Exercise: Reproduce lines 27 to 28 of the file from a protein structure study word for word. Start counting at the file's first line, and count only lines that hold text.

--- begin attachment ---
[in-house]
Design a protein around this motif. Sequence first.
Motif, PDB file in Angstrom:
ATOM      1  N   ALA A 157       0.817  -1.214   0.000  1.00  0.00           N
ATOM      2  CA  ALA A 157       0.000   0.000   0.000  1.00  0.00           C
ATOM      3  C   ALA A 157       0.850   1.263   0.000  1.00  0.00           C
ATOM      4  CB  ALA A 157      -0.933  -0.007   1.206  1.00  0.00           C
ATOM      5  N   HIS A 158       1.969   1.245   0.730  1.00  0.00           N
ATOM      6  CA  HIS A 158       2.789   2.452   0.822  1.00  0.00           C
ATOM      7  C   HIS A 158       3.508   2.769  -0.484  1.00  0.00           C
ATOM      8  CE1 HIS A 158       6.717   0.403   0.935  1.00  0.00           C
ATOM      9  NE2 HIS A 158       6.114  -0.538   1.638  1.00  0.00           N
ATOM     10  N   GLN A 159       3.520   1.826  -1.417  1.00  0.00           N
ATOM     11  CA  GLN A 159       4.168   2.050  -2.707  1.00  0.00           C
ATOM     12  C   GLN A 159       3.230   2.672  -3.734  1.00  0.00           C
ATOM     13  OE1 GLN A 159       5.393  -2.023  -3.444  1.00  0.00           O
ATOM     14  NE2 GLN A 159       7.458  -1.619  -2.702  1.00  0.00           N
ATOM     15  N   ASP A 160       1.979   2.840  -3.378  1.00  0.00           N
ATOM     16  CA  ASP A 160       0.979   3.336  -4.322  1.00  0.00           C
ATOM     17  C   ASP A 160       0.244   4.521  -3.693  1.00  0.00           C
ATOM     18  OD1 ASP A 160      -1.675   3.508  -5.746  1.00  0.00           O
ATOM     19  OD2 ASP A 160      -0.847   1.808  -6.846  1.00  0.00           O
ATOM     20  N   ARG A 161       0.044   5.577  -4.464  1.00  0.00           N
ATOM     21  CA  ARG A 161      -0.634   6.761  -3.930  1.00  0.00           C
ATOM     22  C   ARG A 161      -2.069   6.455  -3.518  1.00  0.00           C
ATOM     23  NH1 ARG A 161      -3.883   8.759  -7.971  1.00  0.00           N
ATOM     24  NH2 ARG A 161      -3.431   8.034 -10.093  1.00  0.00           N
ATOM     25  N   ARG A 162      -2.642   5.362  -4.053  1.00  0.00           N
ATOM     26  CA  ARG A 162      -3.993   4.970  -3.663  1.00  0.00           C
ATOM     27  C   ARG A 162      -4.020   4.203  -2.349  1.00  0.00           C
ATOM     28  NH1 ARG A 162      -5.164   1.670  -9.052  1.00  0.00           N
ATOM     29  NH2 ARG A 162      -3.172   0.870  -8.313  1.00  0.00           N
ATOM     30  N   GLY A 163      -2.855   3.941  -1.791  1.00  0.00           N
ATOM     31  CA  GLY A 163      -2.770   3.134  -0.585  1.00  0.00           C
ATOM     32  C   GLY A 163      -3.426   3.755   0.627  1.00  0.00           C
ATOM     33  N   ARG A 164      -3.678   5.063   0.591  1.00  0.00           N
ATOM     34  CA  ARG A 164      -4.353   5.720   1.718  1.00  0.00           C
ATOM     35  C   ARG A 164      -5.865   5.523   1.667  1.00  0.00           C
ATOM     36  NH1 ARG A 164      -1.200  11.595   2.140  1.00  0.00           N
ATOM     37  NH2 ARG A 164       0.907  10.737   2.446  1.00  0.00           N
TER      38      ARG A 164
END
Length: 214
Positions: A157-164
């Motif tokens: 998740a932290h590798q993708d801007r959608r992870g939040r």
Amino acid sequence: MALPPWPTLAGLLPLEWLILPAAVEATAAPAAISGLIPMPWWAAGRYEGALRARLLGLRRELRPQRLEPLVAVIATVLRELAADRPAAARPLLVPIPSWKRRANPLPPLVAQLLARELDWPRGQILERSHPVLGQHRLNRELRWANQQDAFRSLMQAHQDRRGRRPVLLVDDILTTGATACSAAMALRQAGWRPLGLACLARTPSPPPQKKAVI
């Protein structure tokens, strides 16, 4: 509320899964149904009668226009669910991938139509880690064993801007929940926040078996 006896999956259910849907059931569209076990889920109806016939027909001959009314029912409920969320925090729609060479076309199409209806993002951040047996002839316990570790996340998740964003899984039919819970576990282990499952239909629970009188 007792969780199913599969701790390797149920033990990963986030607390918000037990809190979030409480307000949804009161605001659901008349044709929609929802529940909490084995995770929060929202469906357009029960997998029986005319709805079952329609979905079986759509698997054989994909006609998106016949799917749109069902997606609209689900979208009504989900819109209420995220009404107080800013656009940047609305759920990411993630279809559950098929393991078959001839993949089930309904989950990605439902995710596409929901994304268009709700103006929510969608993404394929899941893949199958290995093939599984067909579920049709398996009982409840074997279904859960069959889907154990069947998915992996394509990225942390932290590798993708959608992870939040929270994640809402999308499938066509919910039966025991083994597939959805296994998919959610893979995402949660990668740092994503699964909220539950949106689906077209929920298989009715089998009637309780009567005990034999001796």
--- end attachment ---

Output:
ATOM     24  NH2 ARG A 161      -3.431   8.034 -10.093  1.00  0.00           N
ATOM     25  N   ARG A 162      -2.642   5.362  -4.053  1.00  0.00           N